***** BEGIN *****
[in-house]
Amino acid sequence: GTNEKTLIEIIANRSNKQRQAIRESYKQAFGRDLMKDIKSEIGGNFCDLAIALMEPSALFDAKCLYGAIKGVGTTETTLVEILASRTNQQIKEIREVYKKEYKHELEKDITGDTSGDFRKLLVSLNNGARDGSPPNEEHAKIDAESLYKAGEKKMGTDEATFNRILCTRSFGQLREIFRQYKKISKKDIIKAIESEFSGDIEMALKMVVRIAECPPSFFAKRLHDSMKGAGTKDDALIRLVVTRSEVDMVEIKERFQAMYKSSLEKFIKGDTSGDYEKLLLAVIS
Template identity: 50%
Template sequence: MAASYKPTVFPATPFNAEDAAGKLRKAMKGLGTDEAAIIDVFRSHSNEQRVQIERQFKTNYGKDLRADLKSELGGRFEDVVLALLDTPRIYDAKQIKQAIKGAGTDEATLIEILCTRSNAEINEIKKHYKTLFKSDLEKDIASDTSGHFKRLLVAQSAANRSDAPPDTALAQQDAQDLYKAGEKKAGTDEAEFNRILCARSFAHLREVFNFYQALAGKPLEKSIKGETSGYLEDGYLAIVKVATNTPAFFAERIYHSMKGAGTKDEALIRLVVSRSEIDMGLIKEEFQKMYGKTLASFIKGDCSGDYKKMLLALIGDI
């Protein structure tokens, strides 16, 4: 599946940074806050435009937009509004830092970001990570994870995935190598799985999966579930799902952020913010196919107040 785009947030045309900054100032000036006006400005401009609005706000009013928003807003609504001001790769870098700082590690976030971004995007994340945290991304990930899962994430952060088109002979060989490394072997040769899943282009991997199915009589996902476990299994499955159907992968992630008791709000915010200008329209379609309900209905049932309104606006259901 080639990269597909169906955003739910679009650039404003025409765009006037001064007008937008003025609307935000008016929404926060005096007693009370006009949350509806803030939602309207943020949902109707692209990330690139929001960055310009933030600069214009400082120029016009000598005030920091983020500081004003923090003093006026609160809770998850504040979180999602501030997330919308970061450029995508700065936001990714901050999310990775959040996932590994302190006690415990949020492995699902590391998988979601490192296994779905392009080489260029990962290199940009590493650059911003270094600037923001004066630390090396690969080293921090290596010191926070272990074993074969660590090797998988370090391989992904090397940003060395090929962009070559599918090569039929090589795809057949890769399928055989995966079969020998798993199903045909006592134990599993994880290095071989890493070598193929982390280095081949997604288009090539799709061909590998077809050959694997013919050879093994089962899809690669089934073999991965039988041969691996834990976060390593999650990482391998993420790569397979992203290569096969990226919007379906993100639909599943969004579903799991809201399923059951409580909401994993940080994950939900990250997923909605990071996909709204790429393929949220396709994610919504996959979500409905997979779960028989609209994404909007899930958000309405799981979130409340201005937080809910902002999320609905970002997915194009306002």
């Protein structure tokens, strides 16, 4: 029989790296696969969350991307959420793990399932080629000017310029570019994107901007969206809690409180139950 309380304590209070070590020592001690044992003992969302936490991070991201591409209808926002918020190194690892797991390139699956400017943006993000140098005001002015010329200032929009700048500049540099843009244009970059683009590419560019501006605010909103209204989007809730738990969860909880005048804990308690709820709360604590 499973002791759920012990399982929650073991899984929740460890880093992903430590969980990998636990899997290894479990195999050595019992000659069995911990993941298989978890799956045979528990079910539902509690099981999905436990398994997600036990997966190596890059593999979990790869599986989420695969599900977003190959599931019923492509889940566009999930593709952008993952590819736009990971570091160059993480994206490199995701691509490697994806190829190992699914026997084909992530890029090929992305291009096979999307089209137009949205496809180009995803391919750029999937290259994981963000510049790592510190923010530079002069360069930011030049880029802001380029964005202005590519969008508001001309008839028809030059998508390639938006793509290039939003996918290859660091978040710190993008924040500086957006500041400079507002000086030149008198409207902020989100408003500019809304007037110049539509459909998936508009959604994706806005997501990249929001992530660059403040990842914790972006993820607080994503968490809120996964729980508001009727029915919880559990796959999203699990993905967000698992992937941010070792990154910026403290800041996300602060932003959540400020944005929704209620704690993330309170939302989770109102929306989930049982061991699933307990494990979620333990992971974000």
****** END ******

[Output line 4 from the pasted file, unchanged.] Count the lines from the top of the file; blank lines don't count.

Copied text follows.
Template sequence: MAASYKPTVFPATPFNAEDAAGKLRKAMKGLGTDEAAIIDVFRSHSNEQRVQIERQFKTNYGKDLRADLKSELGGRFEDVVLALLDTPRIYDAKQIKQAIKGAGTDEATLIEILCTRSNAEINEIKKHYKTLFKSDLEKDIASDTSGHFKRLLVAQSAANRSDAPPDTALAQQDAQDLYKAGEKKAGTDEAEFNRILCARSFAHLREVFNFYQALAGKPLEKSIKGETSGYLEDGYLAIVKVATNTPAFFAERIYHSMKGAGTKDEALIRLVVSRSEIDMGLIKEEFQKMYGKTLASFIKGDCSGDYKKMLLALIGDI